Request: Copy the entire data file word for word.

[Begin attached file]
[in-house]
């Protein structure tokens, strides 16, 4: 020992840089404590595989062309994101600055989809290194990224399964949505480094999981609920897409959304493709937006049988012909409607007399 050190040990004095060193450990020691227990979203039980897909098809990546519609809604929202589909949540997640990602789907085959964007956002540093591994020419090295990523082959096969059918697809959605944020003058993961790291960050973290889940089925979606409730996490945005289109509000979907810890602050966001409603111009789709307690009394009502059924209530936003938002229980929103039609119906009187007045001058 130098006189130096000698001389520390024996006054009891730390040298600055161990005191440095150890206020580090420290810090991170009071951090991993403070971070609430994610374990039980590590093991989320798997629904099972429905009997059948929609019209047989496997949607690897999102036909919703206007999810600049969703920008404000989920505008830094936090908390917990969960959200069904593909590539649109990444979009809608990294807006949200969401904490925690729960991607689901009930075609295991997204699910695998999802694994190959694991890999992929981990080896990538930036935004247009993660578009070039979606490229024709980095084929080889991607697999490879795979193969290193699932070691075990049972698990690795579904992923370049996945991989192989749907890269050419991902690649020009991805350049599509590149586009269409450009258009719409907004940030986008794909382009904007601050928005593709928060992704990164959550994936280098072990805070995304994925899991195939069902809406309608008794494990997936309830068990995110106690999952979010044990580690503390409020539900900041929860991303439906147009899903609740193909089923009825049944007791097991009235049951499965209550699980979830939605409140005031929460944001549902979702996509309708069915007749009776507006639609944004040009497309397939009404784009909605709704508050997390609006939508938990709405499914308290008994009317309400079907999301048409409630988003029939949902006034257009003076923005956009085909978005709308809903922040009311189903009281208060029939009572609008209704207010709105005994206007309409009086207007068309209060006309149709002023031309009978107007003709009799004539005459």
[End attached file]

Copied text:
[in-house]
């Protein structure tokens, strides 16, 4: 020992840089404590595989062309994101600055989809290194990224399964949505480094999981609920897409959304493709937006049988012909409607007399 050190040990004095060193450990020691227990979203039980897909098809990546519609809604929202589909949540997640990602789907085959964007956002540093591994020419090295990523082959096969059918697809959605944020003058993961790291960050973290889940089925979606409730996490945005289109509000979907810890602050966001409603111009789709307690009394009502059924209530936003938002229980929103039609119906009187007045001058 130098006189130096000698001389520390024996006054009891730390040298600055161990005191440095150890206020580090420290810090991170009071951090991993403070971070609430994610374990039980590590093991989320798997629904099972429905009997059948929609019209047989496997949607690897999102036909919703206007999810600049969703920008404000989920505008830094936090908390917990969960959200069904593909590539649109990444979009809608990294807006949200969401904490925690729960991607689901009930075609295991997204699910695998999802694994190959694991890999992929981990080896990538930036935004247009993660578009070039979606490229024709980095084929080889991607697999490879795979193969290193699932070691075990049972698990690795579904992923370049996945991989192989749907890269050419991902690649020009991805350049599509590149586009269409450009258009719409907004940030986008794909382009904007601050928005593709928060992704990164959550994936280098072990805070995304994925899991195939069902809406309608008794494990997936309830068990995110106690999952979010044990580690503390409020539900900041929860991303439906147009899903609740193909089923009825049944007791097991009235049951499965209550699980979830939605409140005031929460944001549902979702996509309708069915007749009776507006639609944004040009497309397939009404784009909605709704508050997390609006939508938990709405499914308290008994009317309400079907999301048409409630988003029939949902006034257009003076923005956009085909978005709308809903922040009311189903009281208060029939009572609008209704207010709105005994206007309409009086207007068309209060006309149709002023031309009978107007003709009799004539005459």